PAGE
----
Byron Ferris, godfather of graphic design in Portland, and I had the goods. And I'm not talking about the Dill Pickle soup and Swiss Chicken at Otto and Anita's Schnitzel House, either, though I could be.
Oh no, I had testimony from someone who was there, working for the Jantzen Swimwear company in the 1960s as the graphic designer, that last Sunday's episode of "Mad Men" had the Jantzen guys all wrong. No, Don Draper, Jantzen was not run by a bunch of prudes.
I took exception to that characterization on Sunday, though I didn't have direct evidence to the contrary. It just didn't make sense. Jantzen had become popular in the 1920s because its unique double stitch made the old "bathing suit" much more functional, made it, in fact, into a swim suit rather than a bathing suit, turning the old bathing costumes into relics. Jantzen's famous Diving Girl in the red one-piece was not an image of Prude America. She was the image of Active America. And she was cute, too!
I had a more recent example than that: In 1960 Jantzen started its "Wear Nothing But a Smile" campaign. We all understand the implications of that one! How could a bunch of prudes populate a company with a slogan like that? It just didn't make sense.
So, I put it directly to Mr. Ferris, who is definitely NOT a prude. What were the Jantzen people really like?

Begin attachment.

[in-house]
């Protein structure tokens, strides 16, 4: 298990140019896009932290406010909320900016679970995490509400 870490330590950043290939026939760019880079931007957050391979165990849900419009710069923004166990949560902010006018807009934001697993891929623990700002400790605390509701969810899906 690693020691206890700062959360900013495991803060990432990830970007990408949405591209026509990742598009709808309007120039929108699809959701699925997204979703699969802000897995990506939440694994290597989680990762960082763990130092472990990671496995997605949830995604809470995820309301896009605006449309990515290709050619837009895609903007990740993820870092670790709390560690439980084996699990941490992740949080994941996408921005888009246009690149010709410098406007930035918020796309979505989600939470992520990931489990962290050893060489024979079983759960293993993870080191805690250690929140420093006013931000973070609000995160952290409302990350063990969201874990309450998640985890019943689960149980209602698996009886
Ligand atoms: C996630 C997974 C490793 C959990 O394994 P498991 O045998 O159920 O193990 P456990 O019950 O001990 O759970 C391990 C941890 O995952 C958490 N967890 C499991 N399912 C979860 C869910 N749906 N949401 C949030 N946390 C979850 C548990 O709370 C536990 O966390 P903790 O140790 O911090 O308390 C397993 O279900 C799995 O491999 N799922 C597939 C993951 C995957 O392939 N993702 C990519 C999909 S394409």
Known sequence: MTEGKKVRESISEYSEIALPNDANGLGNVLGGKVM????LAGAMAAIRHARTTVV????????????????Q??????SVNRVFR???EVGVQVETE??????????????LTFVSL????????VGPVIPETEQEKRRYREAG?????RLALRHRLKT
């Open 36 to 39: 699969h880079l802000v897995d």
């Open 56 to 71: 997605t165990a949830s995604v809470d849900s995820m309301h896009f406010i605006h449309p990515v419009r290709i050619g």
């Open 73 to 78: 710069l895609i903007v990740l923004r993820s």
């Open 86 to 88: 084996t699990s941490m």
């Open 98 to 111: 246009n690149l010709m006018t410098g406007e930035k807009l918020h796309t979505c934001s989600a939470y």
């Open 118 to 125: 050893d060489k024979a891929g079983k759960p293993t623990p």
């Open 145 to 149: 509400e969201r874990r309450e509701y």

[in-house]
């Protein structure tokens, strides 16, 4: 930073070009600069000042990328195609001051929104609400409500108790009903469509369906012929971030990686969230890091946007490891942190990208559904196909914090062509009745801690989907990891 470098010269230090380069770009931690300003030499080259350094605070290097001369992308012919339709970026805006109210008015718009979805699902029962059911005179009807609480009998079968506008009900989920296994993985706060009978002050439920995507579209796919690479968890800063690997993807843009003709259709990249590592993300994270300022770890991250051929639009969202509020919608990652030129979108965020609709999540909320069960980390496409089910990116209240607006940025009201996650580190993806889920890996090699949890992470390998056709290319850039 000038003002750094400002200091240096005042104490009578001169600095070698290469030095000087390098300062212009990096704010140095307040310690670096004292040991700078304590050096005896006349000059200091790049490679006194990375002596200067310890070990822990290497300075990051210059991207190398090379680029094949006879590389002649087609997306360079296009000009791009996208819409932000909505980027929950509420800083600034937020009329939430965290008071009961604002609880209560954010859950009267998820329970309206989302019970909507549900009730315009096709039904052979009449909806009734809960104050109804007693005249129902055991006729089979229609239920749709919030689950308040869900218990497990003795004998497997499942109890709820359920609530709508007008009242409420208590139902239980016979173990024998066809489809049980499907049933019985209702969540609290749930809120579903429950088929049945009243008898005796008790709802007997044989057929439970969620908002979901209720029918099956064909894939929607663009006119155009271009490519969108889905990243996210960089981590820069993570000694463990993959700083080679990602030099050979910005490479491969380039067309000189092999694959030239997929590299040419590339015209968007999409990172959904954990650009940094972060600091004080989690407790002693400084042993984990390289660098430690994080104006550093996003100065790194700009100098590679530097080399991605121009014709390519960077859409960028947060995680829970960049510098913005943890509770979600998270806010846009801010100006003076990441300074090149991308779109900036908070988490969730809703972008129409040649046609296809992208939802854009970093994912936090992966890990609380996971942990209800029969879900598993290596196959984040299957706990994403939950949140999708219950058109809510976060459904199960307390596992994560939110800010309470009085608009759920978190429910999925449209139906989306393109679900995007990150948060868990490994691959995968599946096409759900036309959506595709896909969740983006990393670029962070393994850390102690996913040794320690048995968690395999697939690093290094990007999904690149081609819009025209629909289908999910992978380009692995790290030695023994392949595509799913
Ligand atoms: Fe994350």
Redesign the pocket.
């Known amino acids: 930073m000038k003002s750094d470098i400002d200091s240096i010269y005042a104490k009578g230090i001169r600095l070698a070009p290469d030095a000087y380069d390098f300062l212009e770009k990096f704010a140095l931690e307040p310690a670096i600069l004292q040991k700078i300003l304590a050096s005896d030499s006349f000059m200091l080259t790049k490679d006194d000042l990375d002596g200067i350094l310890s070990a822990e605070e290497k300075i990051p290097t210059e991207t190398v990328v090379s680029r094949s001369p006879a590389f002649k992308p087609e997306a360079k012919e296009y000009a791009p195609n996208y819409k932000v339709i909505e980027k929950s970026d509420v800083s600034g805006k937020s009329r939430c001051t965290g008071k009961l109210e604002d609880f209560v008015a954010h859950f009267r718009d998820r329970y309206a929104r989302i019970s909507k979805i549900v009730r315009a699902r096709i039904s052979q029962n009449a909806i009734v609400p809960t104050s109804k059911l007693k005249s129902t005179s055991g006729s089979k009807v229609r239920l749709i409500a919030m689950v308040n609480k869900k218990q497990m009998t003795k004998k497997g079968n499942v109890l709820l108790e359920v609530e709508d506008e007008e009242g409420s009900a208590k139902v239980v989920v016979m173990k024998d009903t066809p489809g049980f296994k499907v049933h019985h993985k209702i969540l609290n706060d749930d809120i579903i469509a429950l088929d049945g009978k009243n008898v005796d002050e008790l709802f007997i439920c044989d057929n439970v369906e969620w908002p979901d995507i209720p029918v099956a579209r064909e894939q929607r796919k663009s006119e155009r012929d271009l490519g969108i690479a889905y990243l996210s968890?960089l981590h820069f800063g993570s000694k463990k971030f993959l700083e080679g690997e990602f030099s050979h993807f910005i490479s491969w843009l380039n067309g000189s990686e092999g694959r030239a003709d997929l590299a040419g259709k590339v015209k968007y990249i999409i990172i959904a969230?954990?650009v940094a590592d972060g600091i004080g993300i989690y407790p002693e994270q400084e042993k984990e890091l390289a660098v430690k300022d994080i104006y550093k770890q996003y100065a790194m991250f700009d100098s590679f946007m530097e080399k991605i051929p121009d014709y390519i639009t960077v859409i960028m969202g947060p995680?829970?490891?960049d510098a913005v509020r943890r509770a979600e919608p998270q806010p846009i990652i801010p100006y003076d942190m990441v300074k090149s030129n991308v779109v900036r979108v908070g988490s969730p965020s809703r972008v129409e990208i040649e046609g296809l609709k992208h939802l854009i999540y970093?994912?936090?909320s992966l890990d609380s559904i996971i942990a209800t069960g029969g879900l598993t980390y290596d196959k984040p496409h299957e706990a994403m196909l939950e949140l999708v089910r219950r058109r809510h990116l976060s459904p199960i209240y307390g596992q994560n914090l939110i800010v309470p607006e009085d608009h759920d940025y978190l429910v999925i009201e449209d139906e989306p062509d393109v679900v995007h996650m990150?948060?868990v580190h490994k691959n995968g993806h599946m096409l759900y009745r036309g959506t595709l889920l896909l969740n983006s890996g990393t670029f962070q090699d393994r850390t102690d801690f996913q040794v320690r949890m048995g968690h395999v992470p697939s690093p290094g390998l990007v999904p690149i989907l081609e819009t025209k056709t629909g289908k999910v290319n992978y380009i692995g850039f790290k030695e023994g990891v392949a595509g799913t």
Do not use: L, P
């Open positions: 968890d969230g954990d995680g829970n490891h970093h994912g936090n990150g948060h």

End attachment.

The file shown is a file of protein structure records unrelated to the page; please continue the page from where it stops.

"They were good normal guys," Ferris said. They looked at the advertising from the whole field of sportswear and made decisions about what would sell swimsuits accordingly. Ferris said that the pin-up girls during World War II -- Betty Grable! -- had changed the culture's mind about what sorts of images of women were allowable, and Jantzen had a long relationship with the famous inventor of The Petty Girl, George Petty himself, to create the image they wanted. That image wasn't modest.
|A Petty Girl, 1956, Esquire magazine|
My only point is that Jantzen in 1964, the date of the "Mad Men" episode, was actually pretty sophisticated about marketing and advertising and the value of sex appeal. You could argue even that they participated in the rampant sexism of the time a bit TOO robustly, if you were so inclined. But Don Draper got it wrong, and he owes Byron Ferris and Homer Groening (Matt's father, who also worked on Jantzen advertising) and all the folks at Jantzen an apology. Say you're sorry, Don!
My thanks to graphic designer/historian/instigator Eric Hillerns for allowing me to tag along with him to meet Byron Ferris! And for the tip on the Dill Pickle Soup.
A good gallery of Petty Girls, including the image above, can be found a pinupfiles.com. (Warning: the site is far from prudish itself.)
The top image comes from a Glamoursplash post on Jantzen Advertising Beach Towels, which is excellent!